A Conservative councillor from Lancaster has called on the county council to scrap its current cabinet system.
Coun Alycia James, who represents Lancaster Rural North, claims that the Liberal Democrats allowed the Labour Party into power in Lancashire “through the back door”, after they supported a proposal for a minority Labour run administration last week.
Under the agreement, the Liberal Democrats supported a proposal for Jennifer Mein, leader of the Labour Group, to become leader of Lancashire County Council.
The proposal was passed at last Thursday’s Annual Meeting of Full Council and County Coun Mein was elected as leader of the county council.
She formed a minority administration, with a cabinet made up of Labour councillors, including county coun Janice Hanson, who represents Morecambe West.
The cabinet members’ portfolio areas, or responsibilities, have yet to be allocated.
County Coun Mein said: “We are delighted that we will now have the chance to deliver on our pledge for jobs, especially opportunities for young people, and to help protect the most vulnerable in society.”
But coun James said: “The Lib Dems have allowed Labour into power through the back door.
“Our constitution is made for having a single group with a majority to run the authority.
“Four years ago we were given a clear mandate to run the council by the electorate but with no party in overall control this time round, voters have sent out a clear message that they do not wish one party to be in sole charge.”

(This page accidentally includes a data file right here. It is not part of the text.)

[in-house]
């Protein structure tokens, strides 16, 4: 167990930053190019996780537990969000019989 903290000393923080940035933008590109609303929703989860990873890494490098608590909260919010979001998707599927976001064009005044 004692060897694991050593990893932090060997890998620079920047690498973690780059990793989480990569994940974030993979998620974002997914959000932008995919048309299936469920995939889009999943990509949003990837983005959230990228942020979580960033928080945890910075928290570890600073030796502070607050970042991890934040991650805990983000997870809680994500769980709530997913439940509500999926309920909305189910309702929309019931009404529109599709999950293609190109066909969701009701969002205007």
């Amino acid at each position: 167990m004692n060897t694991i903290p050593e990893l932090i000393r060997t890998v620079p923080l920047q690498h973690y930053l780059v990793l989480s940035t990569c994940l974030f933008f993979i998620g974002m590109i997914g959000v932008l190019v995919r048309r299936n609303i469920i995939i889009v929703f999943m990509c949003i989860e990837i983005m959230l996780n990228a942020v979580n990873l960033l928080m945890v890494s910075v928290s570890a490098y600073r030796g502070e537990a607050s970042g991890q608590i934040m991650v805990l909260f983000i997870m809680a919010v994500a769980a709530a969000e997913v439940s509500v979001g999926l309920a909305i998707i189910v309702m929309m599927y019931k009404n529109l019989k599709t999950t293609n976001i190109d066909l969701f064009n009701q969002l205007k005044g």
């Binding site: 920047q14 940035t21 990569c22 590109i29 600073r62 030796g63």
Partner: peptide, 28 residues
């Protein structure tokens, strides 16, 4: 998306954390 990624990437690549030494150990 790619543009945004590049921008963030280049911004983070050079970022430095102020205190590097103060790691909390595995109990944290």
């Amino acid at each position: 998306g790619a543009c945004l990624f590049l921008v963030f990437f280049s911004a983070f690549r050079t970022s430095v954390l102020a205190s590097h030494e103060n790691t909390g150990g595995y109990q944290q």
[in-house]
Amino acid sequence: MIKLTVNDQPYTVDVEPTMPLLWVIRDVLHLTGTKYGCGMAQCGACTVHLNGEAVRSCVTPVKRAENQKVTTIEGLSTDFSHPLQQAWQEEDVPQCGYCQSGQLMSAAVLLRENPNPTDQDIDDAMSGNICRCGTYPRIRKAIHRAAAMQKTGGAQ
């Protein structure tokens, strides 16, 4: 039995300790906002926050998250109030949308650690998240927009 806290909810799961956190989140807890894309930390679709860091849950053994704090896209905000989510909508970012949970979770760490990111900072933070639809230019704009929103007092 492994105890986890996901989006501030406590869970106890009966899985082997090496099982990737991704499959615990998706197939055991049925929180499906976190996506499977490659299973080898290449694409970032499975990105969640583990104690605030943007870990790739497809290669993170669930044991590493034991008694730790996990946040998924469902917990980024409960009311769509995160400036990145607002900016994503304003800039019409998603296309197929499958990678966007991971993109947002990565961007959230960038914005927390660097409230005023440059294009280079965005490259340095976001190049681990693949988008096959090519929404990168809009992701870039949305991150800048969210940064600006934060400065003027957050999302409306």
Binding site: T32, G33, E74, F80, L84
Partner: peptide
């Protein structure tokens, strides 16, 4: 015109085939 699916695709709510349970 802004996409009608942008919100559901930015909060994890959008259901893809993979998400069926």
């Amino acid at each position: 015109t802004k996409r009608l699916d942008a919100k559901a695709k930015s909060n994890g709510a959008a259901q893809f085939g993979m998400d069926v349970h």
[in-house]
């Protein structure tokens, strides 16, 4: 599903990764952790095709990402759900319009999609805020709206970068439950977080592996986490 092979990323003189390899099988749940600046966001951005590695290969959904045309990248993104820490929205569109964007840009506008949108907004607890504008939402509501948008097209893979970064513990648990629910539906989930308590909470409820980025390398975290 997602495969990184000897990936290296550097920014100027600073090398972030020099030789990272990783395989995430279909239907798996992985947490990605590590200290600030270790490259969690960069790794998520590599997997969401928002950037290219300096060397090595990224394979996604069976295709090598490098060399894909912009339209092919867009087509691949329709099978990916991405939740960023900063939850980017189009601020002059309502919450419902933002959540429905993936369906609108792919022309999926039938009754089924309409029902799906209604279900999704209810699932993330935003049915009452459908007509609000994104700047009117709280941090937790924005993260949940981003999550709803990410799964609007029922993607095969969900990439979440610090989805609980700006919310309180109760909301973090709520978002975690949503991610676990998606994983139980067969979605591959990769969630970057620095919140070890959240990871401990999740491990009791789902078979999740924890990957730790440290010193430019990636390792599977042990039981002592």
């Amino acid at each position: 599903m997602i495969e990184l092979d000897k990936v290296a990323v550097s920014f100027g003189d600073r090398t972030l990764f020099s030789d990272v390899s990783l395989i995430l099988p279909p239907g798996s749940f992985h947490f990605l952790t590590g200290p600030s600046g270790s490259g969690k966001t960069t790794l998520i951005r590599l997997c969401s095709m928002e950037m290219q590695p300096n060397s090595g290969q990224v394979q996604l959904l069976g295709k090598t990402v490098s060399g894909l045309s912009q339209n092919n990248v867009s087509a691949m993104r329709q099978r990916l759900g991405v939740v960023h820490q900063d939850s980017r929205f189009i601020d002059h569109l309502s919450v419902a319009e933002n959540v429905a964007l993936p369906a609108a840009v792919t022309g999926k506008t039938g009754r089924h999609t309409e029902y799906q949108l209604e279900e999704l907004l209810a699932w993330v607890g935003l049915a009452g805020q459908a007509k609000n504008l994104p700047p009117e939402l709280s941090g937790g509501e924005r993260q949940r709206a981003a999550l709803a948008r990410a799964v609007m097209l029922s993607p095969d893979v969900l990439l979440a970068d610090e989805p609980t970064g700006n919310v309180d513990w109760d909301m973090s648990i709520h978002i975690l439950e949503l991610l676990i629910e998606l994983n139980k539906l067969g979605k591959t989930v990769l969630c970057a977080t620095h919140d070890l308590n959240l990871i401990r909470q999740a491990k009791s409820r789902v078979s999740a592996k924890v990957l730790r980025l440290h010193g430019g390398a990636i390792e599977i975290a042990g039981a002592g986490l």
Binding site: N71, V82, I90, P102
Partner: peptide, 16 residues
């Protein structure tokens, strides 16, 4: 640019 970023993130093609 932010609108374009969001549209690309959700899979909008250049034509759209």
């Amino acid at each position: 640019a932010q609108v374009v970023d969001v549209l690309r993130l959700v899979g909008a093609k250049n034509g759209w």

She added that the “best solution” would be for the county to revert back to the traditional committee system where all groups get to have a say in the running of Lancashire County Council.”
County Coun Bill Winlow, leader of the Liberal Democrat group, said: “I am very pleased with this agreement.
“It is very good for the people of Lancashire and will provide a green, fair and strong economy for our county.
“We are looking to protect front-line services at a time of major budget reductions.
“We will work hard to reduce duplication in service provision and to share services with other districts and counties.”
Coun Mein said that reductions in central grant funding would make her task more difficult, but that she would ensure that she put the people of Lancashire at the heart of her plans for the future.
A spokesperson for Lancashire County Council said that although a request was made to establish two additional committees - an executive committee and a budget committee - neither would be able to replace the cabinet.
Meanwhile MP for Morecambe and Lunesdale David Morris wrote to coun Mein to ask her to personally take responsibility to ensure the M6 Heysham Link Road remains Lancashire County Council’s top road priority project and that it is delivered.
The county council held its elections on 2 May 2013 at which point no party had gained the 43 seats necessary to take control of the council.
The full results were: Labour 39, Conservatives 35, Liberal Democrats 6, Independent 3 and Green Party 1.